“Confrontation in the Wood of Fear”
Davey’s bladder felt like bursting. An overfilled canteen leaking at the top.
All around him his fellow scouts snored. Their scout leader the loudest, a large grizzly bear dreaming of an elusive fish in a rushing stream.
It was still dark. The early morning mist laid heavy around the camp, brushing the knees of the mighty sycamores. Against his cheek Davey felt a dampness. Dew. A light shower, nothing more than a settling of condensation. The day’s hike would be cool.
With the early gloom and fog, Davey found himself reluctant to get up and relieve himself. It was cold and wet and who knows what waited for him in the woods.
All around the forest heckled his fear with phantom sounds. Hoots. Rustling. Squawking. The low rumble of… something. So many unidentifiable sounds. With a scout’s encyclopedic knowledge of the woods and the creatures–from the friendly cartoon animals to the bloody ripping predators–Davey didn’t know what could be waiting to munch his ten year old’s dick off when he unzipped his fly.
His back teeth began to float.
A sharp pain pressed against Davey’s groin. Urgent.
Davey scrambled out of his sleeping bag. He couldn’t wait until light. Until the fog thinned
Tip-toeing carefully, Davey halted at the edge of the fog pressing against the border of the camp.
Hands held out in front of him, Davey traversed the fog. The threads seemed like a gossamer web across his fingertips as he parted the thick veil.
A shiver went down his back and the cold of the early morning leaked into his body.
Somewhere ahead of him Davey heard a snap. Like a branch being stepped on.
He glanced over his shoulder. Still in view his fellow scouts slept without alarm.
His urge to pee gripped his groin and twisted like a merciless bully.
Despite the creaking movement of the forest that warned him off, Davey marched on in search of bodily relief.
Several steps ahead the fog closed in. Davey looked back again. His camp was nowhere he could see.
Just be quick, he told himself with little absence of fear. Just pee and be done. Walk straight for the nearest tree. Pee. Turn around and walk straight back. Easy. Easy peasy.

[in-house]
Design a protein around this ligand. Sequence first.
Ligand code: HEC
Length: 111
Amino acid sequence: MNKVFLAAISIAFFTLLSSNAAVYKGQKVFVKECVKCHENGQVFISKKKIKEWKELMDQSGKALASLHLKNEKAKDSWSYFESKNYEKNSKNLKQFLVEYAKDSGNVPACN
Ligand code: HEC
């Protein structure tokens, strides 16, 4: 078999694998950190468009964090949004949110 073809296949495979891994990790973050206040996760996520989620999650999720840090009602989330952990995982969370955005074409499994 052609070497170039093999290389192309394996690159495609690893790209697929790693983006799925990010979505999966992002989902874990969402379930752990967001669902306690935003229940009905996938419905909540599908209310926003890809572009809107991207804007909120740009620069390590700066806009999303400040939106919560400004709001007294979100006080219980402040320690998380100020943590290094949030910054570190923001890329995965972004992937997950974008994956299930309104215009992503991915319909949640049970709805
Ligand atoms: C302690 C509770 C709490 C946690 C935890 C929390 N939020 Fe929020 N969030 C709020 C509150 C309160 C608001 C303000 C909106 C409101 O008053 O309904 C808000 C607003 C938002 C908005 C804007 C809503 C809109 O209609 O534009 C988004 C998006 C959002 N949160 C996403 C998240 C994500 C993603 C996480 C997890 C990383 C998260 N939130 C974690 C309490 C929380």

With his plan firmly set, Davey would no doubt run back in to his troop’s camp. Right?
Branches raked at his exposed arms as he passed through a thicket.
A log nearly hidden by soft earth caught his Converses. The stumble had him reach up and make sure his hat remained firm on his head. It did.
Underneath his feet mud and grass made a gross sucking sound.
All around the forest seemed to moan. Which wasn’t helping the cold shivers.
Faceless sentinels wandered in the dark. Some fading as Davey drew further from the camp. Others closer as he proceeded. Davey marked as his destination with a particularly thick bodied shade . When I reach that tree I’ll pee and get outta here.
He rushed toward that tree, its middle extending as wide as two men, when a low hanging branch smacked Davey’ nose. A stinging welt of pain stood out from his left eye, across the bridge of his nose, to his right eye.
Davey slowed, closed his eyes, and rubbed his hurt as he continued forward.
Then the fog began to part behind the upcoming stalwart sentinel to reveal a circle of sycamores that gave way to a clearing lit from above by the dark green of twilight. At the opposite end from were Davey entered the clearing stood a demon crafted of metal. A dark knight.
Instinct urged Davey to turn back. Run. Run straight back to camp. In his head he told himself, Not real. This is not real.
He closed his eyes. Blinked. But the metal demon remained.
The demon was man shaped. A giant Davey had to crane his neck to see. Protected by midnight dark plate and darker still ringmail underneath a blood red cloak. It’s helm was shaped in the visage of a demon with curling horns, a maw of fangs, and deep set eye sockets with red pinpricks of light like flames.
Davey turned to retreat. He took two steps and hit the fog, a fence with the ringing trees as posts. Testing the swirling barrier Davey found his cage firm. He wanted to weep.